Tessa K Morgan, Margaret Williamson, Marie Pirotta, Kay Stewart, Stephen P Myers and Joanne Barnes
Med J Aust 2012; 196 (1): 50-53.
Objective: To explore the current use of conventional and complementary medicines in Australians aged ? 50 years.
Design, setting and participants: Cross-sectional postal survey sent to a random sample of 4500 Australians aged ? 50 years between June 2009 and February 2010.
Main outcome measures: Prevalence of medicines use, reasons for medicines use and sources of medicines.
Results: Response rate was 37.3%. Medicines use was very common; 87.1% of participants took one or more medicines and 43.3% took five or more in the previous 24 hours. Complementary medicines were used by 46.3% of participants, 87.4% of whom used both conventional and complementary medicines. The most commonly used medicines were antihypertensive agents (43.2% of participants), natural marine and animal products including fish oil and glucosamine (32.4%) and lipid-lowering agents (30.4%). Doctors recommended 79.3% of all medicines and 93.0% of conventional medicines. Pharmacists commonly recommended occasional medicines (ie, as needed), while friends, family and media most often influenced use of complementary medicines.
Conclusions: The use of multiple medicines is common and higher than reported in the 1995 National Health Survey. Today, much medicines use is to prevent future disease by influencing risk factors. High levels of polypharmacy highlight the need to support the safe and effective use of medicines in the community. Although doctors recommend or prescribe most medicines, self-directed medication use is common. This highlights the need for consumer access to accurate information and strategies to improve health literacy about medicines.
The use of medicines for the treatment of disease is a common health-related action by Australians. Medicines are not only used to treat diagnosed medical conditions but, increasingly, to manage risk factors.1 Individuals’ patterns of medicines use are not well understood, including the combined use of prescription, over-the-counter (OTC) and complementary medicines. Smaller surveys of specific populations’ use of medicines have been conducted,2,3 but the most recent Australia-wide survey was the 1995 National Health Survey.4 A majority of published Australian research on the use of medicines is based on the analysis of dispensing data from the Australian Pharmaceutical Benefits Scheme and the Repatriation Pharmaceutical Benefits Scheme; however, these data sources do not include OTC, complementary and unsubsidised prescription medicines.5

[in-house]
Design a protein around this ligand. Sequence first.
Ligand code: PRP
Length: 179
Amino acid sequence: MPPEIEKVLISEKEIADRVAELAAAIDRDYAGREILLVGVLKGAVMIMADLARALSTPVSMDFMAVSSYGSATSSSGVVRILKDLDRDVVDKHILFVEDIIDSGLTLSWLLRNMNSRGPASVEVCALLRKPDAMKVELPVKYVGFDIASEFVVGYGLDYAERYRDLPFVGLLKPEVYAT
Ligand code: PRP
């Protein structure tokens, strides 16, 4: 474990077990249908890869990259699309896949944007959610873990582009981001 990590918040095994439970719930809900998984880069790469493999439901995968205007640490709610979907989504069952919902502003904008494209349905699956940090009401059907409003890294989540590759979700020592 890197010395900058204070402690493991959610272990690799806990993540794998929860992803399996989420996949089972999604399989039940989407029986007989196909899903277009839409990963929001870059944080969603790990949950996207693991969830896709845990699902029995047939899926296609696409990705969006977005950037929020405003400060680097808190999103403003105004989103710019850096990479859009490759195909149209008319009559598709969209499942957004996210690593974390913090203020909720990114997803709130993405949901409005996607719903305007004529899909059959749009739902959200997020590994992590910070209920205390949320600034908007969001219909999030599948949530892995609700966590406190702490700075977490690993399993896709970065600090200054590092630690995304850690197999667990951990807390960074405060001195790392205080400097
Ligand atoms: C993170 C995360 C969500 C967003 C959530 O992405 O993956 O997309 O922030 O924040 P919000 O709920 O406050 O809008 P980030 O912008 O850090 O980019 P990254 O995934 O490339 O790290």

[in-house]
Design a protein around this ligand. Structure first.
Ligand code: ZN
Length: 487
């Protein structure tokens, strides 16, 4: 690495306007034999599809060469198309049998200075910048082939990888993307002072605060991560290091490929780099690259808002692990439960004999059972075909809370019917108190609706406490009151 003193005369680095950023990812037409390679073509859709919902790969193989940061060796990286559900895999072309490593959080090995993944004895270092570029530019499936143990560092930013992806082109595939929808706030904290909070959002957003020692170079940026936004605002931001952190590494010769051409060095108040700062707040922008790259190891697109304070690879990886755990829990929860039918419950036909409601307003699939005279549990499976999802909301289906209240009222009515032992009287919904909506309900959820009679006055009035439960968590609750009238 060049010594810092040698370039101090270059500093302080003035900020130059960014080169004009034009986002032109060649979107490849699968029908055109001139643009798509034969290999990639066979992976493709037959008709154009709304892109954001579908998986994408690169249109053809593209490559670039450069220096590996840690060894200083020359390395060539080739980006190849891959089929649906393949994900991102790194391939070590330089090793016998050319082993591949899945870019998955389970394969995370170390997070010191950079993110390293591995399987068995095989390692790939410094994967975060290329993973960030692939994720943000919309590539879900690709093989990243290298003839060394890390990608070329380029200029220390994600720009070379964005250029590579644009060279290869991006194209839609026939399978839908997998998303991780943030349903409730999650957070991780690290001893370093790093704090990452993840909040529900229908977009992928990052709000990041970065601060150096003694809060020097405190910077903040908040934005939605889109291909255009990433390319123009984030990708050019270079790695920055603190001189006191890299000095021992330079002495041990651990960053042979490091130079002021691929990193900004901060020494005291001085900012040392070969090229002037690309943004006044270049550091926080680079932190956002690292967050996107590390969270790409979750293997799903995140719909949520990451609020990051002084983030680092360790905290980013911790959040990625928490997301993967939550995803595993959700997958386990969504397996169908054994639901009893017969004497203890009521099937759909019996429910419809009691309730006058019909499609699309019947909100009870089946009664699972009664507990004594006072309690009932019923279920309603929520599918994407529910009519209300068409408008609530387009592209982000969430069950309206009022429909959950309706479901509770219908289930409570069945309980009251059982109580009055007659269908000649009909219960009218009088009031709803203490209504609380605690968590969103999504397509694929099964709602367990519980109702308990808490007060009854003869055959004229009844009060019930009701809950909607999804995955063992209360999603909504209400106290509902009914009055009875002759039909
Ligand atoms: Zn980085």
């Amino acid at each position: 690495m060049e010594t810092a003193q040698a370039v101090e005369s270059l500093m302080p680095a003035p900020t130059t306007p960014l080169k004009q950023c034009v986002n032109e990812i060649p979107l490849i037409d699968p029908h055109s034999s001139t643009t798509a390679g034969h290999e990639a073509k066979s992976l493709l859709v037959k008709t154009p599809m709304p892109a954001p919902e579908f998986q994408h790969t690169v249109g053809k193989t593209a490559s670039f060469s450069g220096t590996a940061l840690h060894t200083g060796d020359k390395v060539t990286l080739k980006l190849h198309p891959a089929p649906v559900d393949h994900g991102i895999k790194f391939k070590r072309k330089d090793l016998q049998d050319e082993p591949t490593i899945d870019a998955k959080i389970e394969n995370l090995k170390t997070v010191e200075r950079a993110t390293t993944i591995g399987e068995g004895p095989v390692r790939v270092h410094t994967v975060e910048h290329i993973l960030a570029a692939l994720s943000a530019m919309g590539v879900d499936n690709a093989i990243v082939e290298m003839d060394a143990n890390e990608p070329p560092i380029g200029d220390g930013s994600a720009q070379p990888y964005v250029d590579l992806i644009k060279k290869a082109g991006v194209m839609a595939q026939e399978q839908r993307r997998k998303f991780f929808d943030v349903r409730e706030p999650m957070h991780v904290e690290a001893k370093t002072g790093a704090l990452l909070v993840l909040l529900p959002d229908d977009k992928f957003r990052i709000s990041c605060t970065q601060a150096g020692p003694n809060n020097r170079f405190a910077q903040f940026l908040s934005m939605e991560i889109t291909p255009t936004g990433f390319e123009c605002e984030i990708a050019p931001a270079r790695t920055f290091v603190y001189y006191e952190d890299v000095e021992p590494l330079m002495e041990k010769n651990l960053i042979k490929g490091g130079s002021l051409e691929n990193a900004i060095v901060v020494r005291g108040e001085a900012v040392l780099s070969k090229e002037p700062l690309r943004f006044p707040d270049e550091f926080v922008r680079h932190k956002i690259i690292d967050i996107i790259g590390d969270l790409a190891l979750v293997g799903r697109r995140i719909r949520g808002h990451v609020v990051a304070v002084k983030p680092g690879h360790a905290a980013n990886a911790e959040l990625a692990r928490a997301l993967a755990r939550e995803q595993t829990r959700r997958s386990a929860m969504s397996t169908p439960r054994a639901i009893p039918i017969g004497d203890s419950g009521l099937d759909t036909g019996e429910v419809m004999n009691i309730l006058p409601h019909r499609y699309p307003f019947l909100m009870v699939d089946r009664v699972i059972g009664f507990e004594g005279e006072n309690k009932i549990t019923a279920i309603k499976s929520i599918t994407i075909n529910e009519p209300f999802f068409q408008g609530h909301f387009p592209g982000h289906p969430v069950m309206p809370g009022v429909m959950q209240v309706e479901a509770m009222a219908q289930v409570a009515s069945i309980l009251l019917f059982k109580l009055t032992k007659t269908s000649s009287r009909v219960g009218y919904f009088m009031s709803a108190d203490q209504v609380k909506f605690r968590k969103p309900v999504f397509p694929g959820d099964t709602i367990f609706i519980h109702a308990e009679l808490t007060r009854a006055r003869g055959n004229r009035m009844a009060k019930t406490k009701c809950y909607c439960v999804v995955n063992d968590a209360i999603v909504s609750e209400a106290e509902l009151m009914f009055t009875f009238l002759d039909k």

Use of and access to medicines is changing. An ageing population is contributing to the national increase in medicine consumption and cost.6 The popularity of complementary medicines has led to increased access to these products through conventional sources of non-prescription medicines, such as pharmacies and supermarkets, as well as through complementary medicine practitioners.7,8 Our study, a national census of medicines use, aimed to address current knowledge gaps by exploring current use of prescription, OTC and complementary medicines, and the patterns and predictors of their use, by Australians aged 50 years and older.
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Reasons for medicines use
More than 150 different reasons for medicines use were reported, including
- 31.1% for cardiovascular conditions,
- 16.6% for musculoskeletal conditions (including joint and bone health) and
- 8.4% for general health and wellbeing (including “energy”, “inner health” and “weight loss”).
The most frequent specific reasons for use were
- hypertension (13.2% of medicines),
- arthritis (8.5%),
- general health (8.0%) and
- lipid lowering (7.2%).
Occasional medicines were most often used for pain relief, including
- headaches (13.0%),
- arthritis (7.6%),
- musculoskeletal pain (including muscle cramps) (7.4%), and
- general pain (6.2%).
- Many take 5-9 medicines in a single day
- 43% Antihypertensive agents
- 11% vitamin D – not as part of multivitamin
- 30% Lipid-lowering agents